The BP Oil Spill and the Ixtoc 1 Spill of 1979

The BP Oil Spill and the Ixtoc 1 Spill of 1979

The BP Oil Spill and the Ixtoc 1 Spill of 1979For some, the recent BP Oil Spill is déjà vu. 31 years ago, an exploratory drilling site called “Ixtoc 1” experienced a similar blowout to the one that occurred on the now infamous Deepwater Horizon rig where 11 workers tragically lost their lives. Chris Hawley from USAToday.com details some of the similarities:

Like the Deepwater Horizon spill, the Ixtoc 1 spill on June 3, 1979, involved the failure of a blowout preventer device, a kind of emergency shutoff valve. In both cases, metal domes put over the well failed to stop the leaks.

And in both cases, crews turned to something called relief wells dug horizontally through the seafloor to stop the spills, a technique that can take months.

The Mexican spill was recorded as the largest accidental oil spill in history, with somewhere between 126 million to 210 million gallons of oil ultimately being released into the Gulf of Mexico. According to local fishermen, the Mexican spill of ’79 wiped out fishing on the Mexican coast for the two years following the incident.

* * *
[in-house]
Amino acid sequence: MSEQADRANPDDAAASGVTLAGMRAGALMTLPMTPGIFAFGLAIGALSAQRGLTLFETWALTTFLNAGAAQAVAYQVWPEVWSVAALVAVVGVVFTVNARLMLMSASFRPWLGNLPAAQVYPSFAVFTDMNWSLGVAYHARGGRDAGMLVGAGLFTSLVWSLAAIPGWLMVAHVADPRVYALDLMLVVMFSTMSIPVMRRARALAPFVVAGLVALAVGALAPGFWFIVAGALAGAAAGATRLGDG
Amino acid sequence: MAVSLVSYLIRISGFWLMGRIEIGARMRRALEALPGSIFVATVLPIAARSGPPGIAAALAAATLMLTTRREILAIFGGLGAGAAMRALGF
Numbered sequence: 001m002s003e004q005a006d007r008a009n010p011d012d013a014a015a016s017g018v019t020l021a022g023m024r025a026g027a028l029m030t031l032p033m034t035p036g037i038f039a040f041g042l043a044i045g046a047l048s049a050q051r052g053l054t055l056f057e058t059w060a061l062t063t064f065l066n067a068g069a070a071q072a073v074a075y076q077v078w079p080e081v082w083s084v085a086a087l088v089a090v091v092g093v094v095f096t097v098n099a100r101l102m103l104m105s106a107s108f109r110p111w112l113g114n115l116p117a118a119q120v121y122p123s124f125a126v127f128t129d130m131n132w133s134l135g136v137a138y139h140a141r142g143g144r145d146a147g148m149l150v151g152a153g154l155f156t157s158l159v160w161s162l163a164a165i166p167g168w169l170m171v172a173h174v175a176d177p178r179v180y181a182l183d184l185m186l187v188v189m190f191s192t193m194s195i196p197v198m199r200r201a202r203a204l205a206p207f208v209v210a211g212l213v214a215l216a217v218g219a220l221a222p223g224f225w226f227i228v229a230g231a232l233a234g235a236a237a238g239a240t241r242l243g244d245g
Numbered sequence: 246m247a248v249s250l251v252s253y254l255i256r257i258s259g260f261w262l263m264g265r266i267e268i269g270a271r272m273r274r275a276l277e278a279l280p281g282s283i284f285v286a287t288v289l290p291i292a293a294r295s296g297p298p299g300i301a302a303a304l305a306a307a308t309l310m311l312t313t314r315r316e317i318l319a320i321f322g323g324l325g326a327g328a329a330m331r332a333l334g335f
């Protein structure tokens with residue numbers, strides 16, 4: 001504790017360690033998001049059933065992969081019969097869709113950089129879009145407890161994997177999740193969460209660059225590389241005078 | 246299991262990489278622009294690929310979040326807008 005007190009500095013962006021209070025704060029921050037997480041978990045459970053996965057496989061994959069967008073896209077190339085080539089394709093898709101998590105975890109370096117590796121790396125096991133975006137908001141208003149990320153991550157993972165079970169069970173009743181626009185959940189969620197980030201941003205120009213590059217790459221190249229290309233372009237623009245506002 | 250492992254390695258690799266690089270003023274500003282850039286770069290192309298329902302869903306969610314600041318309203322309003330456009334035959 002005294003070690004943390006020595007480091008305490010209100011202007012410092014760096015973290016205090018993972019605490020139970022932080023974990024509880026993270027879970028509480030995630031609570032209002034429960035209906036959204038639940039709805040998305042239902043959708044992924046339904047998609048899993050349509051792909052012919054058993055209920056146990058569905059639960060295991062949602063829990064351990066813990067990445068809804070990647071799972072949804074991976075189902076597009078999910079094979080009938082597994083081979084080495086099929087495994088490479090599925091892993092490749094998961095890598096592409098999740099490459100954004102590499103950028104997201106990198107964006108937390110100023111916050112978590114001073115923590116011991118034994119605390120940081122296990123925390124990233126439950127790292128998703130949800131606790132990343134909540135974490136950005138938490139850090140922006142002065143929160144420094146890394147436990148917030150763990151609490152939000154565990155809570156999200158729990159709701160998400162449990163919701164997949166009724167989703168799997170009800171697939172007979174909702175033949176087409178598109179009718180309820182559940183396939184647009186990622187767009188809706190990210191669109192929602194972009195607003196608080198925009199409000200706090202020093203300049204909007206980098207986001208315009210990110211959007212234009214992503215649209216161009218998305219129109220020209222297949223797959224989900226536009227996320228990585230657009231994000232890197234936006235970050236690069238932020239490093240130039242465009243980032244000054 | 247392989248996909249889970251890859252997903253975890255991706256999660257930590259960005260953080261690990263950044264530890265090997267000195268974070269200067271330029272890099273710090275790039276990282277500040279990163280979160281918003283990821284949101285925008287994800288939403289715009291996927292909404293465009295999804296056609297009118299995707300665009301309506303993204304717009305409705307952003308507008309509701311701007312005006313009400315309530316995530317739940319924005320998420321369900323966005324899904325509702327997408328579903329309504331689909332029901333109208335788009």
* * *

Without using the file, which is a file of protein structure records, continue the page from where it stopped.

The Ixtoc 1 spill occurred in only 160 feet of water, compared to the depth of 5,000 feet that the Deepwater Horizon oil rig and pipe blew out. So far, it is estimated that at least 6 million gallons of oil have spilled into the Gulf, and efforts to drill a relief well nearby are about 3 months away from being complete.  A map of reports detailing the effects of the BP Oil Spill to date still shows that Clearwater, Pinellas County, and the Tampa Bay are mostly unaffected as of now (May 25th) but local fishermen and the tourism industry are already bracing for potentially tough times ahead.

We here at Perenich The Law Firm have faith that the advances in technology and the sheer will, intelligence, and ingenuity of the men and women working to stop and clean up the current BP Oil Leak will be able to limit the effects of this potential catastrophe. Our thoughts continue to be with those on the upper Gulf coast as they try to protect their shore, and also with those who are locally affected here in the Tampa Bay area as well.